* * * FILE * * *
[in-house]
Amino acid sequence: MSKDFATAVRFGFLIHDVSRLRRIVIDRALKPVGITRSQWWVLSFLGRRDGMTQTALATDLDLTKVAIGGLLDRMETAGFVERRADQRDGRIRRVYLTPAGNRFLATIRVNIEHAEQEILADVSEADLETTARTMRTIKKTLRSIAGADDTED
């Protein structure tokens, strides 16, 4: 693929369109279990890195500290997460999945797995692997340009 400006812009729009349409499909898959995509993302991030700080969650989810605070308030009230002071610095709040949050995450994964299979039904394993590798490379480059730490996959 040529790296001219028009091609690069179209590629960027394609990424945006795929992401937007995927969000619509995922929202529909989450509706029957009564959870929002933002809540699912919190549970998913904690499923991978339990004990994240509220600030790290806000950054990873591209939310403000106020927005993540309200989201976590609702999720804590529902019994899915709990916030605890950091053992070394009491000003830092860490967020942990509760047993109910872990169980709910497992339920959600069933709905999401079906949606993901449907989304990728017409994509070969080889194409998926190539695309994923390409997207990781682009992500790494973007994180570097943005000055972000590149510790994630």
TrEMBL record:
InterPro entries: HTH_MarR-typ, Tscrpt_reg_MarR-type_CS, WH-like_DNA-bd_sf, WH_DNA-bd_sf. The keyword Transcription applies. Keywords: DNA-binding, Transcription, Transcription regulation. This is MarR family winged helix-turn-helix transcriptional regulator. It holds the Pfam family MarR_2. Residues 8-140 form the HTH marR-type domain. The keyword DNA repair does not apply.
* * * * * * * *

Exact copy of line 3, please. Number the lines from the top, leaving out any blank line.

């Protein structure tokens, strides 16, 4: 693929369109279990890195500290997460999945797995692997340009 400006812009729009349409499909898959995509993302991030700080969650989810605070308030009230002071610095709040949050995450994964299979039904394993590798490379480059730490996959 040529790296001219028009091609690069179209590629960027394609990424945006795929992401937007995927969000619509995922929202529909989450509706029957009564959870929002933002809540699912919190549970998913904690499923991978339990004990994240509220600030790290806000950054990873591209939310403000106020927005993540309200989201976590609702999720804590529902019994899915709990916030605890950091053992070394009491000003830092860490967020942990509760047993109910872990169980709910497992339920959600069933709905999401079906949606993901449907989304990728017409994509070969080889194409998926190539695309994923390409997207990781682009992500790494973007994180570097943005000055972000590149510790994630």